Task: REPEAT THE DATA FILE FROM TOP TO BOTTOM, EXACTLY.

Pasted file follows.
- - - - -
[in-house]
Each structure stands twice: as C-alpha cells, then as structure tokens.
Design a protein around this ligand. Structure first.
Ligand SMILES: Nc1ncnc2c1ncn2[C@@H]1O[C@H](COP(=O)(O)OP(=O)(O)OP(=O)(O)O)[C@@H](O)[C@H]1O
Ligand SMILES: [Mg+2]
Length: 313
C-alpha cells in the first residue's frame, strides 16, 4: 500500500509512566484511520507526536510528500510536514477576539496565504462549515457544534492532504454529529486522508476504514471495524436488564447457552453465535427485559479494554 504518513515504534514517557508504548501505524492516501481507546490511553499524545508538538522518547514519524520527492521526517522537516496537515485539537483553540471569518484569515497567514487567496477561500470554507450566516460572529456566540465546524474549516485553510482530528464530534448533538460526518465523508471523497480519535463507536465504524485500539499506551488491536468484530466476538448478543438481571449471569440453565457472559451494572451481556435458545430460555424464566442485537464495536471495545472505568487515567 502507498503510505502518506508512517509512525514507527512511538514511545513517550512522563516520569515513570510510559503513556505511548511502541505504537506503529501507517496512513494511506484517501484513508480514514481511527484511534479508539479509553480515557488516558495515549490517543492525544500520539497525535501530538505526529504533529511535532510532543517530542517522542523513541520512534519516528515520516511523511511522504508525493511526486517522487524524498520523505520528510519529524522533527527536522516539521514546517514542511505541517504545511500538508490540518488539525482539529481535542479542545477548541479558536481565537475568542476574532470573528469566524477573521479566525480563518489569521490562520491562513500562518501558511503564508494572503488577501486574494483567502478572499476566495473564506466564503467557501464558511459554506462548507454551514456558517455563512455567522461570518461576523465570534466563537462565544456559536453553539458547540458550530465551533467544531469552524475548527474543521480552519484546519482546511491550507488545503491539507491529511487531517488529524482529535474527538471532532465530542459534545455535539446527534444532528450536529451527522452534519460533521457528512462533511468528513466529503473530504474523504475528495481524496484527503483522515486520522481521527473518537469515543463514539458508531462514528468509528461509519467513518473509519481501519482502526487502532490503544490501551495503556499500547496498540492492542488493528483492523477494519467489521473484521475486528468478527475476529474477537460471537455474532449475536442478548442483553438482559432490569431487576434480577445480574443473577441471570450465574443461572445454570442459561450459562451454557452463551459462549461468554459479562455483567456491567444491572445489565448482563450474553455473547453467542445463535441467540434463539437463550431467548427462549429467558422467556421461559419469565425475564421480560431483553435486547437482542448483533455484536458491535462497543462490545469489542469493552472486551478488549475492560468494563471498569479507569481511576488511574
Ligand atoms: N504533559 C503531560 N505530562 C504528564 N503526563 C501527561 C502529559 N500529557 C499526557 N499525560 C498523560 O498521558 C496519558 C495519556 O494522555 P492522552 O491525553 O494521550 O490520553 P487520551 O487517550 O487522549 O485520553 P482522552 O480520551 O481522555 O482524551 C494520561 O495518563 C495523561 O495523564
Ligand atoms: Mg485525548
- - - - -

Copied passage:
[in-house]
Each structure stands twice: as C-alpha cells, then as structure tokens.
Design a protein around this ligand. Structure first.
Ligand SMILES: Nc1ncnc2c1ncn2[C@@H]1O[C@H](COP(=O)(O)OP(=O)(O)OP(=O)(O)O)[C@@H](O)[C@H]1O
Ligand SMILES: [Mg+2]
Length: 313
C-alpha cells in the first residue's frame, strides 16, 4: 500500500509512566484511520507526536510528500510536514477576539496565504462549515457544534492532504454529529486522508476504514471495524436488564447457552453465535427485559479494554 504518513515504534514517557508504548501505524492516501481507546490511553499524545508538538522518547514519524520527492521526517522537516496537515485539537483553540471569518484569515497567514487567496477561500470554507450566516460572529456566540465546524474549516485553510482530528464530534448533538460526518465523508471523497480519535463507536465504524485500539499506551488491536468484530466476538448478543438481571449471569440453565457472559451494572451481556435458545430460555424464566442485537464495536471495545472505568487515567 502507498503510505502518506508512517509512525514507527512511538514511545513517550512522563516520569515513570510510559503513556505511548511502541505504537506503529501507517496512513494511506484517501484513508480514514481511527484511534479508539479509553480515557488516558495515549490517543492525544500520539497525535501530538505526529504533529511535532510532543517530542517522542523513541520512534519516528515520516511523511511522504508525493511526486517522487524524498520523505520528510519529524522533527527536522516539521514546517514542511505541517504545511500538508490540518488539525482539529481535542479542545477548541479558536481565537475568542476574532470573528469566524477573521479566525480563518489569521490562520491562513500562518501558511503564508494572503488577501486574494483567502478572499476566495473564506466564503467557501464558511459554506462548507454551514456558517455563512455567522461570518461576523465570534466563537462565544456559536453553539458547540458550530465551533467544531469552524475548527474543521480552519484546519482546511491550507488545503491539507491529511487531517488529524482529535474527538471532532465530542459534545455535539446527534444532528450536529451527522452534519460533521457528512462533511468528513466529503473530504474523504475528495481524496484527503483522515486520522481521527473518537469515543463514539458508531462514528468509528461509519467513518473509519481501519482502526487502532490503544490501551495503556499500547496498540492492542488493528483492523477494519467489521473484521475486528468478527475476529474477537460471537455474532449475536442478548442483553438482559432490569431487576434480577445480574443473577441471570450465574443461572445454570442459561450459562451454557452463551459462549461468554459479562455483567456491567444491572445489565448482563450474553455473547453467542445463535441467540434463539437463550431467548427462549429467558422467556421461559419469565425475564421480560431483553435486547437482542448483533455484536458491535462497543462490545469489542469493552472486551478488549475492560468494563471498569479507569481511576488511574
Ligand atoms: N504533559 C503531560 N505530562 C504528564 N503526563 C501527561 C502529559 N500529557 C499526557 N499525560 C498523560 O498521558 C496519558 C495519556 O494522555 P492522552 O491525553 O494521550 O490520553 P487520551 O487517550 O487522549 O485520553 P482522552 O480520551 O481522555 O482524551 C494520561 O495518563 C495523561 O495523564
Ligand atoms: Mg485525548